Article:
A Russian court on Monday sentenced Kremlin critic Vladimir Kara-Murza to 25 years in prison for treason and denigrating the military, the harshest sentence of its kind since Russia invaded Ukraine.
The charges against Kara-Murza stem from a March 15 speech he made to the Arizona House of Representatives in the United States, in which he denounced Russia’s war in Ukraine.
Investigators added the treason charges while he was in custody.
Russia adopted a law criminalising spreading “false information” about its military shortly after it sent troops into Ukraine on February 24, 2022.
Authorities have regularly used the wartime law to stifle criticism of what the Kremlin calls “a special military operation”.
Kara-Murza, 41, a father of three and an opposition politician who holds Russian and British passports, spent years speaking out against President Vladimir Putin and lobbied Western governments to impose sanctions on Russia and individual Russians for purported human rights violations.
The British government on Monday summoned the Russian ambassador to make clear its condemnation of what it described as the “politically motivated” conviction and sentencing.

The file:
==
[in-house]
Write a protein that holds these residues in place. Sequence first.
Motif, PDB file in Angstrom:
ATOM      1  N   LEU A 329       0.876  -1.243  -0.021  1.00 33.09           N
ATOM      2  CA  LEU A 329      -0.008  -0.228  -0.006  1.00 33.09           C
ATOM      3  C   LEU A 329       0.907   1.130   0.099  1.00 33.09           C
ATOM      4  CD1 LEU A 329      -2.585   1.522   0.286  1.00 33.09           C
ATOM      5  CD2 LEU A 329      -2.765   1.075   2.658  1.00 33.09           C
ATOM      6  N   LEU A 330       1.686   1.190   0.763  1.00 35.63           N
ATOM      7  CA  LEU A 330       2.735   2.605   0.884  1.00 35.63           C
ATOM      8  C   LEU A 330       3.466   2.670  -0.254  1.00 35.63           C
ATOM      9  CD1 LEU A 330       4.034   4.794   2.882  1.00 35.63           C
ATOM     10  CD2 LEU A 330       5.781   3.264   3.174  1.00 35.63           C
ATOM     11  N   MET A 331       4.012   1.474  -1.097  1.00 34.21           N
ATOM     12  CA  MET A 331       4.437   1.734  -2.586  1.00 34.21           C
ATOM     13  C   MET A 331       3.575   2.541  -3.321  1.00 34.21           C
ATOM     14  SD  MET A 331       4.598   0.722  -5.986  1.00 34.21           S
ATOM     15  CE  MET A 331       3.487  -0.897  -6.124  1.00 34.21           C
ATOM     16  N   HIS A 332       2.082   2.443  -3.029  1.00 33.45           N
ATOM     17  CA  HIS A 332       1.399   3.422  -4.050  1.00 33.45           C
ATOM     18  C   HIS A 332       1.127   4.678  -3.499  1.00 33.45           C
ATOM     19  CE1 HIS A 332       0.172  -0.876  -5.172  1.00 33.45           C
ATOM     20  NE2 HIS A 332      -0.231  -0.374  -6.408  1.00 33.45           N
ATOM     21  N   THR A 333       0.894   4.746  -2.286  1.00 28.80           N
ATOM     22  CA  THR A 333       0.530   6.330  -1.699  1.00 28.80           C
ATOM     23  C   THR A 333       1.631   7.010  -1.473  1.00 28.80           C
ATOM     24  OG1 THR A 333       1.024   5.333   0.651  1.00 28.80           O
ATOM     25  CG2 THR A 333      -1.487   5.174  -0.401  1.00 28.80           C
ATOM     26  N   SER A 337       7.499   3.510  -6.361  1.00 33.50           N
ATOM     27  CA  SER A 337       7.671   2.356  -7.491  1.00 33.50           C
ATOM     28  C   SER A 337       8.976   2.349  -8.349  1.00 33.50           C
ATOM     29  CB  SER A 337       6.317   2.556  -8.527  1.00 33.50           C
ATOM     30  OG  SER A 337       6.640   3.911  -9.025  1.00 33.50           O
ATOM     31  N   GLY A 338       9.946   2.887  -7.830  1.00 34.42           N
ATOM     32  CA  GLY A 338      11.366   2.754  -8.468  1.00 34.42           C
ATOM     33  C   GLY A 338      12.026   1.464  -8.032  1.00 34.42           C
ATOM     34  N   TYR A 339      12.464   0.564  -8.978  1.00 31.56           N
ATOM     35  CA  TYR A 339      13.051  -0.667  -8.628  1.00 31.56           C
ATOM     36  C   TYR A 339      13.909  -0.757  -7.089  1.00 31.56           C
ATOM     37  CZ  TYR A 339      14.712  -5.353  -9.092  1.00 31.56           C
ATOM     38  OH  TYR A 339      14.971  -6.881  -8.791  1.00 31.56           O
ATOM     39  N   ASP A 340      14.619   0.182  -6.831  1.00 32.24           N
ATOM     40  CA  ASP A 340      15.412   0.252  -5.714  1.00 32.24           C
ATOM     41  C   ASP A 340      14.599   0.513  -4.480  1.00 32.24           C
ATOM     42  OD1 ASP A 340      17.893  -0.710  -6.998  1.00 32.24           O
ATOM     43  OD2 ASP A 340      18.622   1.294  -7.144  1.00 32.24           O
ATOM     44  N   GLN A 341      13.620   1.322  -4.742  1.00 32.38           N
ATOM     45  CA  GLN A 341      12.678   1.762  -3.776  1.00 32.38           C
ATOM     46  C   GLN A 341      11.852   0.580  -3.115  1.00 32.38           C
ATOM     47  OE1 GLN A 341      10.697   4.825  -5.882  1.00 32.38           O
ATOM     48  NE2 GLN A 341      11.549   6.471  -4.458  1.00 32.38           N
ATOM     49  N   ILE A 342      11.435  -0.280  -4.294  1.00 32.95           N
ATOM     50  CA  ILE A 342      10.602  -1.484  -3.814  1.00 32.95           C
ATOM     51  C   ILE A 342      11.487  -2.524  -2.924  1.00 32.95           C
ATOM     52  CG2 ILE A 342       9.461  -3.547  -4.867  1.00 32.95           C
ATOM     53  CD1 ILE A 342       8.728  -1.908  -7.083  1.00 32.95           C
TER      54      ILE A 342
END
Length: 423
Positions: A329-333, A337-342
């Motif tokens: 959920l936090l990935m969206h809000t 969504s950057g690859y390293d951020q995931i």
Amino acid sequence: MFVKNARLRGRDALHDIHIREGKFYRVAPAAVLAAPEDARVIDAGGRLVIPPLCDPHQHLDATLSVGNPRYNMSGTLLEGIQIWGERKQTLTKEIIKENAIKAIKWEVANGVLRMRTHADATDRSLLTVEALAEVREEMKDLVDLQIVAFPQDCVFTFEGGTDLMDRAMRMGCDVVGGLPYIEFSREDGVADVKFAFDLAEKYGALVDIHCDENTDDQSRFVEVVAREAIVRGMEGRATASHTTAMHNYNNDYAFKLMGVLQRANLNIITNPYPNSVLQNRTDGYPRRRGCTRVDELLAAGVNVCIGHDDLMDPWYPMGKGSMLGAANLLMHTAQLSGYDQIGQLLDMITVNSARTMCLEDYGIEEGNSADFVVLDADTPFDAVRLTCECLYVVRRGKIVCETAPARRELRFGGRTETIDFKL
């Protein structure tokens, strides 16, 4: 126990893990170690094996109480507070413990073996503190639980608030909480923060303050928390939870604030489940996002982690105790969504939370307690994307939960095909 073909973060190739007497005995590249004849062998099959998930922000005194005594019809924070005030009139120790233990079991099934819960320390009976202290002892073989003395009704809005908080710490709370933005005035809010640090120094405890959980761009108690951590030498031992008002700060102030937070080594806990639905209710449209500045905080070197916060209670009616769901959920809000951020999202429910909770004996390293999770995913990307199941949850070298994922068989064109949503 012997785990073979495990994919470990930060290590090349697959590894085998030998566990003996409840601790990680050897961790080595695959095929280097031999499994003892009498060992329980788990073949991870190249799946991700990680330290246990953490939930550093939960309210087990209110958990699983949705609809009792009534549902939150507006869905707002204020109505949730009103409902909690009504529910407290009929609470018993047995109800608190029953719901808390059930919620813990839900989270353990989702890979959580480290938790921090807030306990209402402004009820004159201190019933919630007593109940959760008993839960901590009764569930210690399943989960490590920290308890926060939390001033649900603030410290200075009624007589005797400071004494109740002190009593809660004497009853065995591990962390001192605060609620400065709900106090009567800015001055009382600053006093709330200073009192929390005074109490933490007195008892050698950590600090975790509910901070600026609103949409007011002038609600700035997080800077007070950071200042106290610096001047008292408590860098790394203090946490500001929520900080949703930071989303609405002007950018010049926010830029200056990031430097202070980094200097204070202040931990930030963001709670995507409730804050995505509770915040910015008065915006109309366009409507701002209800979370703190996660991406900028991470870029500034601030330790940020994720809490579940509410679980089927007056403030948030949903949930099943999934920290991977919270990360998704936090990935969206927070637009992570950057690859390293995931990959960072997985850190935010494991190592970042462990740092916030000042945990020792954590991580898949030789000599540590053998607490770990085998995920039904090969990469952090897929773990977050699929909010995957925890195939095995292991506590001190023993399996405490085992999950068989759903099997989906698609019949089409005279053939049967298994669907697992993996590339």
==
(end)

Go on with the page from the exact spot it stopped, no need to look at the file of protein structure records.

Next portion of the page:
Fierce Kremlin critic
In a CNN interview broadcast hours before he was arrested, Kara-Murza had alleged that Russia was being run by a “regime of murderers.”
He had also used speeches in the United States and across Europe to accuse Moscow of bombing civilian targets in Ukraine, a charge it has rejected.
In his final speech to the court last week, Kara-Murza had compared his own trial, which was held behind closed doors, to Josef Stalin’s show trials in the 1930s and had declined to ask the court to acquit him, saying he stood by and was proud of everything he had said.
“Criminals are supposed to repent of what they have done. I, on the other hand, am in prison for my political views. I also know that the day will come when the darkness over our country will dissipate,” he had said.
“Discrediting” the army can currently be punished by up to five years in prison, while spreading deliberately false information about it can attract a 15-year jail sentence.
At a time of what they have cast as an existential struggle with the West, pro-government politicians say unity across society is vital and have described Russian citizens questioning Moscow’s actions in Ukraine as part of a pro-Western fifth column trying to undermine the military campaign.
Twice, in 2015 and 2017, Kara-Murza fell suddenly ill in what he said were poisonings by the Russian security services, on both occasions falling into a coma before eventually recovering.
Russian authorities denied involvement in the incidents. Kara-Murza’s lawyers say that as a result, he suffers from a serious nerve disorder called polyneuropathy.